By: Andrea Moyer
When I was a school bus driver, driving in wintry weather, while far from pleasant, wasn’t actually as bad as driving in my own car. The bus mechanics often started our buses for us and when we got in and were ready to leave the lot, our vehicles were nice and toasty. The weight of the buses worked in our favor on slick roads. Additionally, and perhaps most importantly, we drivers were trained to check the tread on our tires so that we could forestall any problems.
I have to confess, I’d never been in the habit of checking the tread depth of my vehicle’s tires before I became a bus driver. I did not know that they ought to measure no less than 8/32 of an inch, but they do! It is important to check the tire tread regularly. It is also important to check your vehicle’s tire pressure. A properly inflated tire will help guarantee better traction in wet, snowy conditions. Check your vehicle’s manual and keep your tires inflated at the recommended pressure.
I dislike bringing up unpleasant memories, but we can learn from some of them, so here goes. We all remember the freak snowstorm that hit the northeast last March, right? In the midst and through the worst of that snowstorm, I was driving a school bus. I had forty junior high students clambering up onto the bus as I watched the snow turn to ice. I turned to them and said, “Guys, we’ve got a real humdinger of a storm outside, so I’m going to need your cooperation. I need you to keep the noise down to a dull roar so I can concentrate on getting everyone home safely, OK?”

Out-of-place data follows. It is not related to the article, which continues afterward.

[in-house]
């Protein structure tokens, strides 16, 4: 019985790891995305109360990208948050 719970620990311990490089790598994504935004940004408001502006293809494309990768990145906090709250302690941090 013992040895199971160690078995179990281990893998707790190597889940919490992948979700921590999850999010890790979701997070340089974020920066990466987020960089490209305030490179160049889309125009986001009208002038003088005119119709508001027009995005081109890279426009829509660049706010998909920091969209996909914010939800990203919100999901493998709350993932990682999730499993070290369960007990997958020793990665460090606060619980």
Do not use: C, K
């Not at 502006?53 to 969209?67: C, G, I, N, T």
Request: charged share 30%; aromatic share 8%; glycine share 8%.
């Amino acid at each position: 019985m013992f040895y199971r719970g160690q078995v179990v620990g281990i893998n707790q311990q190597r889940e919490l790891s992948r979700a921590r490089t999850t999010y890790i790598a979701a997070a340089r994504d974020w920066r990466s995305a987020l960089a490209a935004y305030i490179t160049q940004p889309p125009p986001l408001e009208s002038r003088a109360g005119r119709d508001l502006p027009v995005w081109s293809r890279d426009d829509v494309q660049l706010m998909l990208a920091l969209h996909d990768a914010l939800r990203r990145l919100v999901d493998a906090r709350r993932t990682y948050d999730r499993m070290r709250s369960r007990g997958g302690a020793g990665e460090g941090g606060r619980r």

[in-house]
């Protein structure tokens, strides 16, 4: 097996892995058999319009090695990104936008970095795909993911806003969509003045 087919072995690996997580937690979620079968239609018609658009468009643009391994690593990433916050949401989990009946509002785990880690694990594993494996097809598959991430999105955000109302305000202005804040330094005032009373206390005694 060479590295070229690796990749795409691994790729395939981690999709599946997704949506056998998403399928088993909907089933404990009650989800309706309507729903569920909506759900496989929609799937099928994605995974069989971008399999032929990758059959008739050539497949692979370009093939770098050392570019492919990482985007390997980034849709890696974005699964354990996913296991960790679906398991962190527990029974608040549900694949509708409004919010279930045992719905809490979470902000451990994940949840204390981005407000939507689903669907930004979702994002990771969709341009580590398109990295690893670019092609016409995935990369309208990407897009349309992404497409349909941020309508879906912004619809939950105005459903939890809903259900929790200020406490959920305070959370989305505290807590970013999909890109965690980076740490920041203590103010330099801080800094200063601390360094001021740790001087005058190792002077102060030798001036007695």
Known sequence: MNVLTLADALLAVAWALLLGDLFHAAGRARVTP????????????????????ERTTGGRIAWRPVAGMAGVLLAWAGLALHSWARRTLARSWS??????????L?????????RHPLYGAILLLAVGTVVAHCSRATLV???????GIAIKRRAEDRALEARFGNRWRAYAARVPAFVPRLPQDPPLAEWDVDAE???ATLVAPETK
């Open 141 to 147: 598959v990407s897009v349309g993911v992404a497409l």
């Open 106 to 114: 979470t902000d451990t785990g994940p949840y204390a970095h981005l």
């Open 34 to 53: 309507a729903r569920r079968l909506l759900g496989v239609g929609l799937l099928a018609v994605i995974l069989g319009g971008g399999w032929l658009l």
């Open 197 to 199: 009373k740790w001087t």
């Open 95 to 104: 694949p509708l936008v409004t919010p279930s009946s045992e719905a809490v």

They did. In fact, I’ve never known them to be so quiet.
I’m thankful to say that we all made it home and there were no accidents, but I did get stuck. While I’m sure you’re agog to learn how I managed to extricate myself from the danger of rolling backwards down a hill in school bus, I’ll save that for another volume. Let’s just say that it involved a lot of to-ing and fro-ing until I could get enough traction to move forward again. Even with all of the advantages that I’ve listed – the weight of the bus, the excellent mechanics and the correct tire tread depth, there were one or two awful moments when I wondered if I was going to have to spend the night on that hill.
Here are a few tips that will hopefully spare you any similar adventures:
Preparation is Key
- Check tire depth and pressure (I know I’ve mentioned it, but it bears repeating.)
- Consider installing snow tires on all four of your vehicle’s wheels.
- Brake slowly and steadily before turns. Don’t slam on your brakes.
- Wait until your steering wheel is straight before accelerating while turning.
If you get stuck
Don’t spin your wheels. This will dig you in deeper. You need traction and, if possible, you can use the floor mats in your car. Take them and place them under the back edge of your drive tires and then slowly reverse out, staying in the track you created going in.
Keep these necessities in your car
- Snow shovel
- Sand, cat litter, salt, or gravel
- Tire chains (very important if you live either in a snow belt or in southeastern Pennsylvania)
- Rain tarp
- Jumper cables
- Tool kit
- Wheel wrench and jack
- Flashlight with extra batteries
- Ice scraper
- High-energy foods like granola bars, nuts, and dried fruit
- First aid kit
- DC phone charger for your particular mobile phone
Take Your Time!
Allow extra travel time and remember that driving in wet, snowy or even icy conditions is a bit trickier than driving in clear, dry weather. You may disagree, but I’m convinced that after you’ve swerved and slid into a snow bank a few times, you might be persuaded to change your mind. I’m being facetious, of course, but it staggers me when I see otherwise sane-looking drivers trying to achieve the impossible in a snowstorm.
If you don’t have a bus mechanic handy – and you may be one of those folks who doesn’t – I hope these tips will help you out. Be safe this winter!
Also Read: Car Safety: How Do Anti Lock Brakes Keep You Safe?